As you drive along the Overseas Highway through the Keys, look for iron cannons and anchors in front of restaurants, strip malls, marinas, and in roadside parks. These artifacts were salvaged from 1733 fleet wrecks and other ships before the consequences of removing waterlogged objects from the marine environment were realized. If you stop to inspect the artifacts you’ll see the effects of long-term corrosion. Large pieces of the metal are literally peeling off and rusty flakes and chunks pile up under the remains of the cannons and anchors. Eventually, they will crumble away to nothing. The reason for this deterioration is lack of proper conservation when the object was taken from the sea.
Iron and other metals react with seawater forming, over many years, a hard covering of corrosion products called concretion that often includes sand, shell, and coral from the surrounding environment. If the object is taken from the water and not conserved to remove salts and stop the corrosion process, it will quickly begin to fall apart. Ceramic, glass, and organic materials such as leather, rope, wood, and bone also require conservation to remove absorbed salts, to preserve their appearance, and to stabilize for curation and exhibition.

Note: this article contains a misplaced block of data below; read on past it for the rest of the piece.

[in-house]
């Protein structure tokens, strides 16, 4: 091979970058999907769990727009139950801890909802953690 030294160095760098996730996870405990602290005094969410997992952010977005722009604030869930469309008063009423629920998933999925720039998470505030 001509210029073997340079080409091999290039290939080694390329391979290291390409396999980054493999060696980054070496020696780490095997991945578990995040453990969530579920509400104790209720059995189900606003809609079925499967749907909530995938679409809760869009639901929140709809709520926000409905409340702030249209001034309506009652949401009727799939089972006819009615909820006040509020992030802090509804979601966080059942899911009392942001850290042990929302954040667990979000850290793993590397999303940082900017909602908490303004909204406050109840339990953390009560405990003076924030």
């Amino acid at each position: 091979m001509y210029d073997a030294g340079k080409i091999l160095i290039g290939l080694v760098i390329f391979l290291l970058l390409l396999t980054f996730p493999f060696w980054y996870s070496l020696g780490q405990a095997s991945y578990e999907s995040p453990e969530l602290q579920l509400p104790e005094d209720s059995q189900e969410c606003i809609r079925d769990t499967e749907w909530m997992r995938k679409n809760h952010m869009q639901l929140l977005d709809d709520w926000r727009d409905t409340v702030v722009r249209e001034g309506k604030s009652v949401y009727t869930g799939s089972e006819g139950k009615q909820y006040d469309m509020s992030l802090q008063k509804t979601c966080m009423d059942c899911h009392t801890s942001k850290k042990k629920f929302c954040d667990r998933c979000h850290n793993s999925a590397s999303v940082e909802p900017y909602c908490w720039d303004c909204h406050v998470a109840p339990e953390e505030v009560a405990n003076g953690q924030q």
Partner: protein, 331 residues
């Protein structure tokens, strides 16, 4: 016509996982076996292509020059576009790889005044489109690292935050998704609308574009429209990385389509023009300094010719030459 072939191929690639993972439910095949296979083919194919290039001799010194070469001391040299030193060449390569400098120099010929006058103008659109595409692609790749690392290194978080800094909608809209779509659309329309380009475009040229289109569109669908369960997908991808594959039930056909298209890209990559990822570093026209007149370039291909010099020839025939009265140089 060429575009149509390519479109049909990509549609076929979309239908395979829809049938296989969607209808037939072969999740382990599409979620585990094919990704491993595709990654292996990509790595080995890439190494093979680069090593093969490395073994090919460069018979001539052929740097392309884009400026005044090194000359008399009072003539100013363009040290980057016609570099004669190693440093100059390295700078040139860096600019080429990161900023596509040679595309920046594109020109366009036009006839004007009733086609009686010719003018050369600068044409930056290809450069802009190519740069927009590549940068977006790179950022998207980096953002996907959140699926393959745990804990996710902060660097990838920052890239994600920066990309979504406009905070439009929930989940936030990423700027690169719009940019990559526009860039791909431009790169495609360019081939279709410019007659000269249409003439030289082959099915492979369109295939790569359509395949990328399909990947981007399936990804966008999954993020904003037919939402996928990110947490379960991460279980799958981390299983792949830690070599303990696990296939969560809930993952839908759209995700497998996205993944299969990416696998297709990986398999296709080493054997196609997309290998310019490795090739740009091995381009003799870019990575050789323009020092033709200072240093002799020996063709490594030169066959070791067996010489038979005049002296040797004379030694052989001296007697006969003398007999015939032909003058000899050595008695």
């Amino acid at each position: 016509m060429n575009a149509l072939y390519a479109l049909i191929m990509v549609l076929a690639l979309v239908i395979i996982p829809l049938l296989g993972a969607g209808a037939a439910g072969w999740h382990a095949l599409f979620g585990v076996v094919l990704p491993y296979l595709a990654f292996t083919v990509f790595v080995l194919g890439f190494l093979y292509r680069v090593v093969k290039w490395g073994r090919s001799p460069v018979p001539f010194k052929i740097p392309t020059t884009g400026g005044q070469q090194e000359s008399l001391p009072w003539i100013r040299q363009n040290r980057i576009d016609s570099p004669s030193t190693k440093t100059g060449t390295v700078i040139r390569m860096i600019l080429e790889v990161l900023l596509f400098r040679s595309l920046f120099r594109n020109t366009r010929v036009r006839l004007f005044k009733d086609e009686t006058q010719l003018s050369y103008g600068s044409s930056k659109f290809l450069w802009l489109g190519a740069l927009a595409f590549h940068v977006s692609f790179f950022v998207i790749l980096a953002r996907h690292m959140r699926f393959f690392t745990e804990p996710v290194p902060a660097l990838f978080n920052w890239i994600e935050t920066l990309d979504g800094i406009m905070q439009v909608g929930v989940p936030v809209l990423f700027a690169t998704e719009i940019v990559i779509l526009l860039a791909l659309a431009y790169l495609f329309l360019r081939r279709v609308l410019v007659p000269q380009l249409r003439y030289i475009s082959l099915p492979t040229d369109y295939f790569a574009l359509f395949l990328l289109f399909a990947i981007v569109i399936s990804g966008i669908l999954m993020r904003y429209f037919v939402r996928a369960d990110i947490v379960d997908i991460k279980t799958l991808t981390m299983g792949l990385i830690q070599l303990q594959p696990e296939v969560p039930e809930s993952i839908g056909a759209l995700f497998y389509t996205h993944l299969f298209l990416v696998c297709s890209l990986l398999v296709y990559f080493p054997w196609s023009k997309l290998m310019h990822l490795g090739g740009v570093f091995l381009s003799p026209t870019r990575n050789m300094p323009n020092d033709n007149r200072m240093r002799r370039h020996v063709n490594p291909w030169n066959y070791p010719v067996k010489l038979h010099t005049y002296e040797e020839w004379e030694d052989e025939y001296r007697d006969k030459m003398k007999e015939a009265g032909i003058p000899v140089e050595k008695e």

Conservation methods depend on the type of artifact and include soaking in fresh water and treatments with various chemicals to prevent warping, crumbling, and shrinking. Metal artifacts often are treated by electrolytic reduction to remove concretions and restore the metal. In the case of large iron objects such as cannons and anchors, conservation treatment can take years and become extremely costly. For these reasons, archaeologists often prefer to leave cannons and anchors on shipwreck sites. Over time the artifacts reach a state of equilibrium with their environment and, if not disturbed, will last for centuries. Wouldn't you rather see a shipwreck looking as it did when it wrecked with its cannons in place instead of rotting on the roadside?